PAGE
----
Wednesday, April 3, 2013
Common Misconceptions About MBTI Theory, Jung and Verification of Type
Myth #1: Tests Don't Work
Usually, this is said in one of two contexts:
(1) A person took a free, not scientifically validated test and the type didn't fit.
(2) Somebody wants to challenge someone else's type. The person has reported and confirmed their type with a professional and points this out. Unable to one-up with an actual argument as to why the person is not x type, they claim that test results are inaccurate.
Listen, of course you shouldn't blindly accept test results, but it's not an all-or-none proposition. Be smart about the tests you take. Obviously, if it's Similarminds, it isn't going to mean much. The official MBTI is statistically validated although it does suffer from a compromised test/retest reliability (generally around areas of slight preference). For that reason, there will always be a debriefing with the MBTI, explaining and interpreting the preferences. You then verify your type. In general, 75-80% of the time, people verify on 3 of the 4 preferences. According to MBTI theory, Self-verification trumps reported type, but all this means is that test results have to be interpreted. In general, the greater clarity of preferences, the more confident you can be about their results.
Myth #2: Descriptions are "wrong"
See point #1. It's true, the descriptions represent the most common ways these tendencies manifest, and are based on healthy (if not ideal) type development. Still, rejecting the descriptions wholesale is as bad as expecting one type description to be a perfect fit. If someone is well-reflected in the type description, that means that they exhibit typical ways the preferences manifest. It makes no sense to discount that on the basis that the descriptions are less than perfect. In fact, during the verification process, if your verified and reported types don't match up, your practitioner may have you read both descriptions as a tie-breaker.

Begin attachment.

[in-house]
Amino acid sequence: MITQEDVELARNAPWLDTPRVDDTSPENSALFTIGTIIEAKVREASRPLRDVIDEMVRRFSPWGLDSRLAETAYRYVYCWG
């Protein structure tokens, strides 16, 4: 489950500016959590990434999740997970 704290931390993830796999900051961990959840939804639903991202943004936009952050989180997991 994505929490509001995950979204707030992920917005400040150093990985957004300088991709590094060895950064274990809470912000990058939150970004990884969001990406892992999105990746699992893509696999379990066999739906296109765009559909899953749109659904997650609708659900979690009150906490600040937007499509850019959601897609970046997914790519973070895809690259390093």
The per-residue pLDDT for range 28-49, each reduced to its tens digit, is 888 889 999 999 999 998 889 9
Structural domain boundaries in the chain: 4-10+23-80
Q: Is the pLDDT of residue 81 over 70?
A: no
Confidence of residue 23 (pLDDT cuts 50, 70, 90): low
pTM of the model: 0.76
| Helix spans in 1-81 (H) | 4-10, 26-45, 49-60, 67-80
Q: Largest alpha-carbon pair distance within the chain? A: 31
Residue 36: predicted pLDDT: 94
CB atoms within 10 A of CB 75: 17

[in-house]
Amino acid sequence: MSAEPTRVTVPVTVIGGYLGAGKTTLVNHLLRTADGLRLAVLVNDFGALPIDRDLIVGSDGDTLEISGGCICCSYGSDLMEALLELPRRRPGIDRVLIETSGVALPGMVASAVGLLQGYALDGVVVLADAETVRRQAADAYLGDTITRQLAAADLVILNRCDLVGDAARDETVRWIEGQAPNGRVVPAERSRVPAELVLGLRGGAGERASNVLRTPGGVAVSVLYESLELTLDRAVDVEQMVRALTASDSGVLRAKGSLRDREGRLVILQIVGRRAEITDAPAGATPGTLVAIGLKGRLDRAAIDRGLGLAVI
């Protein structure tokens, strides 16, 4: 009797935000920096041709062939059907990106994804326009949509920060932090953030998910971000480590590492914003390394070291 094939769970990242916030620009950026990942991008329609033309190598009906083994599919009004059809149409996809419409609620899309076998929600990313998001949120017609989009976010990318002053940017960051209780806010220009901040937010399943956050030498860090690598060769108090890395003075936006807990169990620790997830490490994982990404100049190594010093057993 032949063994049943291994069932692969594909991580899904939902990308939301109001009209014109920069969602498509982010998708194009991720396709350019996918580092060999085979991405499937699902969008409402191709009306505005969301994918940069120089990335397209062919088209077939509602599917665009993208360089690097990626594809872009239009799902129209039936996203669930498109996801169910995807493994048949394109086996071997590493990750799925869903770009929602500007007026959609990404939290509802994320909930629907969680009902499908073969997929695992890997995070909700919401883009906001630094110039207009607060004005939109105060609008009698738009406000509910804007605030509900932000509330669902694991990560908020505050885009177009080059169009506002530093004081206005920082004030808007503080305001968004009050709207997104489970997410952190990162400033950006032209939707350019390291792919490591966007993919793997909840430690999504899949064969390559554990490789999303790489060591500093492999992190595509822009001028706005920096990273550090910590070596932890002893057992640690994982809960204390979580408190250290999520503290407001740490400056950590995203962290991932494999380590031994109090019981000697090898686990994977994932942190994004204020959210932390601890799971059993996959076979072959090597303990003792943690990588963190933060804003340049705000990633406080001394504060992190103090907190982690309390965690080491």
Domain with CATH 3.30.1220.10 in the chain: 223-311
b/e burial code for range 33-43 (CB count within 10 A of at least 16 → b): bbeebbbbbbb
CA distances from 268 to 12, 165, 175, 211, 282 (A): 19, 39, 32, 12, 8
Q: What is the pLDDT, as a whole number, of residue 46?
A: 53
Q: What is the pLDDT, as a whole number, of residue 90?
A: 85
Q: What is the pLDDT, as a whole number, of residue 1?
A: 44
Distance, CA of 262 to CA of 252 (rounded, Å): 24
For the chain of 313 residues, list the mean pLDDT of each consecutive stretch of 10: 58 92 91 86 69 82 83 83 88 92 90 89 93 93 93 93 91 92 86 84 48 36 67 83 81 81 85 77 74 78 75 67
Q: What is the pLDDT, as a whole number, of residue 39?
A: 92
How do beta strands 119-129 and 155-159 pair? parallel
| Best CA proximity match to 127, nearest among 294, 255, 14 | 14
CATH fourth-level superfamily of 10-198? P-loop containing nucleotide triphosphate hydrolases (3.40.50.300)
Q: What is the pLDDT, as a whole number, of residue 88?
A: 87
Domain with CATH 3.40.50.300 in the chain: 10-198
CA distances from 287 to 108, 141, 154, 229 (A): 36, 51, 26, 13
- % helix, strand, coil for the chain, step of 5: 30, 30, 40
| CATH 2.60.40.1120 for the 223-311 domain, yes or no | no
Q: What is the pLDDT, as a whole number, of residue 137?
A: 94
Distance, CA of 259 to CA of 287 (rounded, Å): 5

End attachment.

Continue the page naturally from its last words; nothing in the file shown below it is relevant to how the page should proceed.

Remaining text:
Myth #3: If you test as an INTP but are close on T/F, you can't be INTP, because Thinking is INTP's lead function.
This is due to a confusion between preference clarity and function order. Jung posited a hierarchy of functions with the dominant (or lead) function being most developed. However, when you take the MBTI, it measures clarity of preference, not intensity of development. In short, preference clarity determines your confidence in your answers. A slight result on a preference indicates you were more conflicted. However, there are a lot of reasons this can occur. The biggest is environmental pressures to use the opposite preference. For example, an INTP college professor trying to make tenure will need to engage their feeling more: accommodating students to get positive evaluations, participating on committees, showing a commitment to department values, and so forth. She may indeed endorse more thinking than feeling items overall but, recalling her recent behavior, also endorse more feeling items than she might in a more type-congruent work environment, resulting in a "slight" result. Introverted Thinking may be her dominant function, but recent attempts to engage her inferior feeling will influence how she answers.
Myth #4: Jung presented a cognitive system of personality.
Some theorists, popularizing the functions, prefer to make them more accessible by calling them "cognitive" functions. It's true that the MBTI conceptualizes S/N as how we take in information and T/F as how we make judgments, so I can see the natural progression towards describing the functions as "cognitive." However, make no mistake, Jung was presenting a theory of the unconscious: in particular, function order indicated how much conscious access we had to each function, with individual and social problems boiling down to people being too one-sided and only developing the conscious personality. To then call the functions "cognitive" is a lot like calling psychoanalysis CBT.